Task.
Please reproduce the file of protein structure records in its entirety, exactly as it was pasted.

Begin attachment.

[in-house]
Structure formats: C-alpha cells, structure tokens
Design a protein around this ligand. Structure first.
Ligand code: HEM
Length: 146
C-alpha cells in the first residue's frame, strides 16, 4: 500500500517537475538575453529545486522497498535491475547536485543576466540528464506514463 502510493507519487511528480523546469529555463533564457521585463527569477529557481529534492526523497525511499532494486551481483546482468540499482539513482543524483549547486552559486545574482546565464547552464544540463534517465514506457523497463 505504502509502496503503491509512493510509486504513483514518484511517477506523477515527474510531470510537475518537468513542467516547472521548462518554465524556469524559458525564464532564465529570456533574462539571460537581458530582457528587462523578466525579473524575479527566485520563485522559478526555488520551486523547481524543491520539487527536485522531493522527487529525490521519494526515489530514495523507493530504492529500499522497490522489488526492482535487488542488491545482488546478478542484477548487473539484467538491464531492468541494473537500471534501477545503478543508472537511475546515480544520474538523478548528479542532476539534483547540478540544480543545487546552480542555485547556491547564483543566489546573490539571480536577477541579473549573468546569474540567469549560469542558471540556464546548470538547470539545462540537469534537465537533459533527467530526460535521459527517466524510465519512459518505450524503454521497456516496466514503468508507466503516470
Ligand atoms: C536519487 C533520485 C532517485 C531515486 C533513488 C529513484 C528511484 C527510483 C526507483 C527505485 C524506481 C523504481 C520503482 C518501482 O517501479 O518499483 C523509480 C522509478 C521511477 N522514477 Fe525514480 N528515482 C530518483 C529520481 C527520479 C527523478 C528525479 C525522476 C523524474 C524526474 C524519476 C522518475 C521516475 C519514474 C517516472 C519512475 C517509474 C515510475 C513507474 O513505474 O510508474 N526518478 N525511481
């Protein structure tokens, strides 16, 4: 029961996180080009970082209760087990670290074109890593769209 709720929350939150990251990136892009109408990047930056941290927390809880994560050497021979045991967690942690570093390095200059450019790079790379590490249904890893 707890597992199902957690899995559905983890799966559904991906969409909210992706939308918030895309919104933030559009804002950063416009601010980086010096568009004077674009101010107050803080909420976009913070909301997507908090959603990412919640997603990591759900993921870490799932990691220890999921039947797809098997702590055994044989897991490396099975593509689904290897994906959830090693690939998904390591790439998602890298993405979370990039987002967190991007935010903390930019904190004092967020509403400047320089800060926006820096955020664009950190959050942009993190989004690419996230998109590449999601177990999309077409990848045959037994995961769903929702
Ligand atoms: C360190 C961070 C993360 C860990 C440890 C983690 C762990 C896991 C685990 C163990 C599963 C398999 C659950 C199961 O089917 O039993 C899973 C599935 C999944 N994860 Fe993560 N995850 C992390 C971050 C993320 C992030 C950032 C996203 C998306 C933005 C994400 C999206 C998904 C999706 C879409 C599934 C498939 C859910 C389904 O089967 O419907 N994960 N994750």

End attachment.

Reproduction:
[in-house]
Structure formats: C-alpha cells, structure tokens
Design a protein around this ligand. Structure first.
Ligand code: HEM
Length: 146
C-alpha cells in the first residue's frame, strides 16, 4: 500500500517537475538575453529545486522497498535491475547536485543576466540528464506514463 502510493507519487511528480523546469529555463533564457521585463527569477529557481529534492526523497525511499532494486551481483546482468540499482539513482543524483549547486552559486545574482546565464547552464544540463534517465514506457523497463 505504502509502496503503491509512493510509486504513483514518484511517477506523477515527474510531470510537475518537468513542467516547472521548462518554465524556469524559458525564464532564465529570456533574462539571460537581458530582457528587462523578466525579473524575479527566485520563485522559478526555488520551486523547481524543491520539487527536485522531493522527487529525490521519494526515489530514495523507493530504492529500499522497490522489488526492482535487488542488491545482488546478478542484477548487473539484467538491464531492468541494473537500471534501477545503478543508472537511475546515480544520474538523478548528479542532476539534483547540478540544480543545487546552480542555485547556491547564483543566489546573490539571480536577477541579473549573468546569474540567469549560469542558471540556464546548470538547470539545462540537469534537465537533459533527467530526460535521459527517466524510465519512459518505450524503454521497456516496466514503468508507466503516470
Ligand atoms: C536519487 C533520485 C532517485 C531515486 C533513488 C529513484 C528511484 C527510483 C526507483 C527505485 C524506481 C523504481 C520503482 C518501482 O517501479 O518499483 C523509480 C522509478 C521511477 N522514477 Fe525514480 N528515482 C530518483 C529520481 C527520479 C527523478 C528525479 C525522476 C523524474 C524526474 C524519476 C522518475 C521516475 C519514474 C517516472 C519512475 C517509474 C515510475 C513507474 O513505474 O510508474 N526518478 N525511481
């Protein structure tokens, strides 16, 4: 029961996180080009970082209760087990670290074109890593769209 709720929350939150990251990136892009109408990047930056941290927390809880994560050497021979045991967690942690570093390095200059450019790079790379590490249904890893 707890597992199902957690899995559905983890799966559904991906969409909210992706939308918030895309919104933030559009804002950063416009601010980086010096568009004077674009101010107050803080909420976009913070909301997507908090959603990412919640997603990591759900993921870490799932990691220890999921039947797809098997702590055994044989897991490396099975593509689904290897994906959830090693690939998904390591790439998602890298993405979370990039987002967190991007935010903390930019904190004092967020509403400047320089800060926006820096955020664009950190959050942009993190989004690419996230998109590449999601177990999309077409990848045959037994995961769903929702
Ligand atoms: C360190 C961070 C993360 C860990 C440890 C983690 C762990 C896991 C685990 C163990 C599963 C398999 C659950 C199961 O089917 O039993 C899973 C599935 C999944 N994860 Fe993560 N995850 C992390 C971050 C993320 C992030 C950032 C996203 C998306 C933005 C994400 C999206 C998904 C999706 C879409 C599934 C498939 C859910 C389904 O089967 O419907 N994960 N994750």